Full steam ahead for Egypt-Sudan rail network

Sudanese protesters from the city of Atbara arrive at the Bahari station in Khartoum last year to celebrate transition to civilian rule. (File/AFP)
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Updated 27 October 2020

Full steam ahead for Egypt-Sudan rail network

  • Gateway project will open continent to new trade and jobs, says Cairo minister

CAIRO: Egypt’s Minister of Transport Kamel Al-Wazir has discussed plans with Sudanese counterpart Hashem bin Auf to build a cross-border railway network between the two neighboring countries.

The pair discussed terms of a joint cooperation document for railway connectivity, which aims to provide funding for an economic, social and environmental feasibility study for the project.

The planned network will extend from the Egyptian city of Aswan across the southern border to Sudan’s Wadi Halfa in its first phase.

Funding will be organized through cooperation between Egypt, Sudan and the Kuwait Fund for Arab Economic Development.

Al-Wazir signed the document and delivered it to the Sudanese ambassador in Cairo for signing by the country’s transport minister.

The two sides also discussed a number of road projects, including a prospective land road between Egypt and Chad through Sudan. The project aims to be a gateway for trade between the two countries, Chad and West Africa. The Cairo-Sudan-Cape Town road, which passes through nine African countries, was also mentioned by the ministers.

Al-Wazir also said that Egypt is building a Cairo-Arqin road corridor inside its borders, which passes through the governorates of Fayoum, Beni Suef, Minya, Assiut, Sohag, Qena, Luxor and Aswan, and then then extends to the Egyptian border, passing through the Toshka junctions to Arqin, parallel with Sudan.

He added that the new project is important in achieving land connectivity and increasing trade with African countries, as well as serving Egyptian and African citizens, opening new job opportunities and encouraging comprehensive development.

The Sudanese side also requested cooperation with Egypt in maritime transport and the training of maritime cadres at the Arab Academy for Science, Technology and Maritime Transport.

Al-Wazir said that Egypt will provide its capabilities to train the workers, whether through the Arab Academy, Egyptian ports or the Egyptian Authority for Maritime Safety.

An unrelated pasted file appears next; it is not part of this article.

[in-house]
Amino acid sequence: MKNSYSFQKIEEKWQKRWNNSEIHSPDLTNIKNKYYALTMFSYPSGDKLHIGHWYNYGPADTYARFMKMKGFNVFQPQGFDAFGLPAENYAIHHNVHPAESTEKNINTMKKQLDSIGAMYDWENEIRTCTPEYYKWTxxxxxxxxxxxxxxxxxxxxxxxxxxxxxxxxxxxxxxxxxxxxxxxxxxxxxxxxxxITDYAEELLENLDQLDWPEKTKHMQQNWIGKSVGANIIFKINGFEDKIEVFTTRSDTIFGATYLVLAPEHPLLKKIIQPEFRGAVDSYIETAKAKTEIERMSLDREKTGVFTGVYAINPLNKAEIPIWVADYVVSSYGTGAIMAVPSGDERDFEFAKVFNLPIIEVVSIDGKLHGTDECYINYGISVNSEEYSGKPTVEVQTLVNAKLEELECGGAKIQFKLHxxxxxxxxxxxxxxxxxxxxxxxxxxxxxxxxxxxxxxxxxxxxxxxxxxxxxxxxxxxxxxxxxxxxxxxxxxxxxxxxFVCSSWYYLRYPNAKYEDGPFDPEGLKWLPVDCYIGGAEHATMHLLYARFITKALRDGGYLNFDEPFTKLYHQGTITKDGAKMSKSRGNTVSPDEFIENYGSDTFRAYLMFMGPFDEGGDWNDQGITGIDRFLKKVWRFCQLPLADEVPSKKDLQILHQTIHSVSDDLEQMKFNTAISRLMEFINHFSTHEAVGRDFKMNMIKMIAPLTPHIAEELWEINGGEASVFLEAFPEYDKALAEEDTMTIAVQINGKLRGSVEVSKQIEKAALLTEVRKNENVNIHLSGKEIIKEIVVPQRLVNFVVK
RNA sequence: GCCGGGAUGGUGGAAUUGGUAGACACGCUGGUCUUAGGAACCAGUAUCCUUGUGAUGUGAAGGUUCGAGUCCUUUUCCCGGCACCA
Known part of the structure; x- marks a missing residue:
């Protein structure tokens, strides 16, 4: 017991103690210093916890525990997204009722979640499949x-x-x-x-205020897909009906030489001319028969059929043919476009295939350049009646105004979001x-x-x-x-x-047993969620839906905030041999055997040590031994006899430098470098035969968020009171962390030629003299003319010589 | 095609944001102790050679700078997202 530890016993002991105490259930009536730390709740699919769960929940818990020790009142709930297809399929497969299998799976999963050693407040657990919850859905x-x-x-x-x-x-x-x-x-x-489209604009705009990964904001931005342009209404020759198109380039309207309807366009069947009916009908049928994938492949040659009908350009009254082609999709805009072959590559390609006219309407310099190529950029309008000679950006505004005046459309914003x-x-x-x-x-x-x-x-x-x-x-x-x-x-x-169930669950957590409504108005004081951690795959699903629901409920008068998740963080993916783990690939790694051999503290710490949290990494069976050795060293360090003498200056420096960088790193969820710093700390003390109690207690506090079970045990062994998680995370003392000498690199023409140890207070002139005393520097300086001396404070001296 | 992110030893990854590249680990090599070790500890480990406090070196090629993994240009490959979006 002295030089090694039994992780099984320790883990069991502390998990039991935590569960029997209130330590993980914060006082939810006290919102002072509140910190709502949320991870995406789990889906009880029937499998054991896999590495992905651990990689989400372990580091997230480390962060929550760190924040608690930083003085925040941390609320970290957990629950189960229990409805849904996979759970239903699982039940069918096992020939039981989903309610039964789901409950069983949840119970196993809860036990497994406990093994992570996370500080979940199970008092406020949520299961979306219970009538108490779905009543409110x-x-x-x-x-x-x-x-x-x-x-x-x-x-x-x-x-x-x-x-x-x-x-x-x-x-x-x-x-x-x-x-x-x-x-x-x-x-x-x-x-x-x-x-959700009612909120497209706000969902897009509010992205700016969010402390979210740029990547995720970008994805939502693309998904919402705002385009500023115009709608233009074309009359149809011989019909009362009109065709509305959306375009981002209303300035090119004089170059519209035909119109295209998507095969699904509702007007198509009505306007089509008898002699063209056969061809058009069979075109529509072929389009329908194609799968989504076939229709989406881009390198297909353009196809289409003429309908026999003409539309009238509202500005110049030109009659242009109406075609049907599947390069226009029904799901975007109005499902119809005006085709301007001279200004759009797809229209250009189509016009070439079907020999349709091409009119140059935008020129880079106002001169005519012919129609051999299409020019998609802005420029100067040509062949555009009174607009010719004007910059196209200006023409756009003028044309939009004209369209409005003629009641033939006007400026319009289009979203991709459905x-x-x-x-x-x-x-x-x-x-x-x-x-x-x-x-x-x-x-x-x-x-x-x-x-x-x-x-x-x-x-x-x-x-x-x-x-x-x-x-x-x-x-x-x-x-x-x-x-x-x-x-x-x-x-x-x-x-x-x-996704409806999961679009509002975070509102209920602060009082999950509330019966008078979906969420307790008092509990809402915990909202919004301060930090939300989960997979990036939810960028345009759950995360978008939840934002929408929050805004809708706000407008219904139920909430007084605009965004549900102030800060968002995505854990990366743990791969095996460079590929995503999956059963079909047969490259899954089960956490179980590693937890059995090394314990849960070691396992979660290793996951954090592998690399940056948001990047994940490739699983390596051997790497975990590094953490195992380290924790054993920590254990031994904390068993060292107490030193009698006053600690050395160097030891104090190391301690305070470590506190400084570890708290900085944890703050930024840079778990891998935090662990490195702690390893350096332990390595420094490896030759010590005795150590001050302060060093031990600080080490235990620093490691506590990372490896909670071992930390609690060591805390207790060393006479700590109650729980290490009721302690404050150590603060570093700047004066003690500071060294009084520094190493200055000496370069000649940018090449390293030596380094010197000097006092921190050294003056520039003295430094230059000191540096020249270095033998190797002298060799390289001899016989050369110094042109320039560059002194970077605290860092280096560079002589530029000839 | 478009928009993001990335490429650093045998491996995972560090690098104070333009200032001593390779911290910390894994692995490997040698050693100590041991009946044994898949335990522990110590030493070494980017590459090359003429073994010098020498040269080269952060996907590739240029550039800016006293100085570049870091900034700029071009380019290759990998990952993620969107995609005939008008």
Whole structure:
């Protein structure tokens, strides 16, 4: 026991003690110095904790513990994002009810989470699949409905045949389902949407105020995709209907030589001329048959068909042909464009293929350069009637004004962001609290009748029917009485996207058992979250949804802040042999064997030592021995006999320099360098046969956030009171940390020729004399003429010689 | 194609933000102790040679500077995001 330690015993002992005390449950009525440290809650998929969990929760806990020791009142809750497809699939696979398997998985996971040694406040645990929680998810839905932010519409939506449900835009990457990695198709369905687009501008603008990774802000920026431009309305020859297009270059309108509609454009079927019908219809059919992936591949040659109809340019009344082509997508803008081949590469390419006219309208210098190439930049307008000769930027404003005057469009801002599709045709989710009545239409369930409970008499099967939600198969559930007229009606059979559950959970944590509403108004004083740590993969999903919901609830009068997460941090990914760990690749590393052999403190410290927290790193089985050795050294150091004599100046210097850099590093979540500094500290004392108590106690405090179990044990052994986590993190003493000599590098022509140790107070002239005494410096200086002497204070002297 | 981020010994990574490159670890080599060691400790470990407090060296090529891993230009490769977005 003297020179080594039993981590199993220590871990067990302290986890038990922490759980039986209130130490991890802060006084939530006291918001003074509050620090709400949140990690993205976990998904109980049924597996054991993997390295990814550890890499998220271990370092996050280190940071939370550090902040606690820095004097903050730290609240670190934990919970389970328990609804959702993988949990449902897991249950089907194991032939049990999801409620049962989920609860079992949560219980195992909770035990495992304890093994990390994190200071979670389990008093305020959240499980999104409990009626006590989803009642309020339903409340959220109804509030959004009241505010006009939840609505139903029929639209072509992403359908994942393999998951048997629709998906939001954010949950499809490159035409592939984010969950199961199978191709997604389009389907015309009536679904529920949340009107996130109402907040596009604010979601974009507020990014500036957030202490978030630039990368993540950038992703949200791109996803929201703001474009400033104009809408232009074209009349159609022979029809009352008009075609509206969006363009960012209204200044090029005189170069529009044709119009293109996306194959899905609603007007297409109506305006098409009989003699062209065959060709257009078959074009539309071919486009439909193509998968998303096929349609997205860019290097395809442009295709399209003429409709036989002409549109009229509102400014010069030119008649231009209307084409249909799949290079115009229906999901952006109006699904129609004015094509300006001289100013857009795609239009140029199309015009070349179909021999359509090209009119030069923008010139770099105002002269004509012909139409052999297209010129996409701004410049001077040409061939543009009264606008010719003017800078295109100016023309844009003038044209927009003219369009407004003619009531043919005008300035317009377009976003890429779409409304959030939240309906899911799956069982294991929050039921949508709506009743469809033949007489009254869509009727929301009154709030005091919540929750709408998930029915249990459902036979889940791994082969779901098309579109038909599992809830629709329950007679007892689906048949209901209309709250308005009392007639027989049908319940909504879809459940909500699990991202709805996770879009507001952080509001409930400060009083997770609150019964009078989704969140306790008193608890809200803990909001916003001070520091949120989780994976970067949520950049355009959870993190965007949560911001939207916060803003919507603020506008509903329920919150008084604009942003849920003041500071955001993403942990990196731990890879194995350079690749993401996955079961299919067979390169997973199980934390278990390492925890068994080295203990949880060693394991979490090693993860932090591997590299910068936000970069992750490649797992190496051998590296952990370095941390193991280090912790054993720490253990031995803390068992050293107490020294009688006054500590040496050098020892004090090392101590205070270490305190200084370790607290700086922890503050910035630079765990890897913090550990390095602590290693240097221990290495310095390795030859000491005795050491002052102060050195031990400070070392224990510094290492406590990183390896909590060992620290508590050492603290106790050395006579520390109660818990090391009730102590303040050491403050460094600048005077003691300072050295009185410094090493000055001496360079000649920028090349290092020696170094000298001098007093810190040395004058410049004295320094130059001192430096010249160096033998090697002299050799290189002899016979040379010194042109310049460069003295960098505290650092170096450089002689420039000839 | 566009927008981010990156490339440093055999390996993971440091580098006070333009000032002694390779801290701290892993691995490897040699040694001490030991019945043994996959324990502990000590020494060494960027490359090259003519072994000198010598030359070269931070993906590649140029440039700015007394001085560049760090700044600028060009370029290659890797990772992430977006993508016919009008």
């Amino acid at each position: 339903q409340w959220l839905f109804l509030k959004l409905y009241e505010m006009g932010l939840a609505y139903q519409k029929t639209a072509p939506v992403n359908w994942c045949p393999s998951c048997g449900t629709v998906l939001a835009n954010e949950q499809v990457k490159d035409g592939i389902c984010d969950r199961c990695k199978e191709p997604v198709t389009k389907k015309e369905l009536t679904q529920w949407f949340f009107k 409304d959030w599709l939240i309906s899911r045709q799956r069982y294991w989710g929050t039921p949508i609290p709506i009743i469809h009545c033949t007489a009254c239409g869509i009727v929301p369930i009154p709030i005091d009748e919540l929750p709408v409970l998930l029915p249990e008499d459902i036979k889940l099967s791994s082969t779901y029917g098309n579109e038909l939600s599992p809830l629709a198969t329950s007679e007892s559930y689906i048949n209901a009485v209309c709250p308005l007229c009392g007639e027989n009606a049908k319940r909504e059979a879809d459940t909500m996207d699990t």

The two sides also agreed to hold a joint meeting to follow up on the progress of other cooperation projects and to discuss the development of the Nile Valley Authority for River Navigation.

Al-Wazir’s team said that the coming period should include urgent plans to develop the authority, train river workers and provide support through specialized technical cadres.


Daesh claims deadly and rare twin blasts in Baghdad

Updated 22 January 2021

Daesh claims deadly and rare twin blasts in Baghdad

  • Militant group said the bombing ‘targeted apostate Shiites’

BAGHDAD: The Daesh has claimed responsibility for a rare and deadly twin suicide bombing that rocked central Baghdad killing over 30 and wounding dozens.
The group said the bombing “targeted apostate Shiites,” on a statement circulating in an Daesh-affiliated website late Thursday. The statement said the first bombing was carried out by Abu Youssef Al-Ansari and the second by Mohammed Arif Al-MuHajjir.

Iraqi Prime Minister said Yesterday's bombing is a security breach, and the country will not allow it to be repeated. He added that Baghdad is working on a comprehensive security plan to confront the challenges of extremism.
At least 32 people were killed and over 100 people wounded in the blasts on Thursday. Some were in severe condition. According to officials, the first suicide bomber cried out loudly that he was ill in the middle of the bustling market, prompting a crowd to gather around him — and that’s when he detonated his explosive belt. The second detonated shortly after.
The US-led coalition recently ceased combat activities and is gradually drawing down its troop presence in Iraq, sparking fears of an Daesh resurgence. The group has rarely been able to penetrate the capital since being dislodged by Iraqi forces and the US-led coalition in 2017.
The attack was the first in nearly three years to hit the capital. Elsewhere, in northern Iraq and the western desert, attacks continue and almost exclusively target Iraqi security forces.
An increase in attacks was seen last summer as militants took advantage of the government’s focus on tackling the coronavirus pandemic and exploited security gaps across disputed territory in northern Iraq.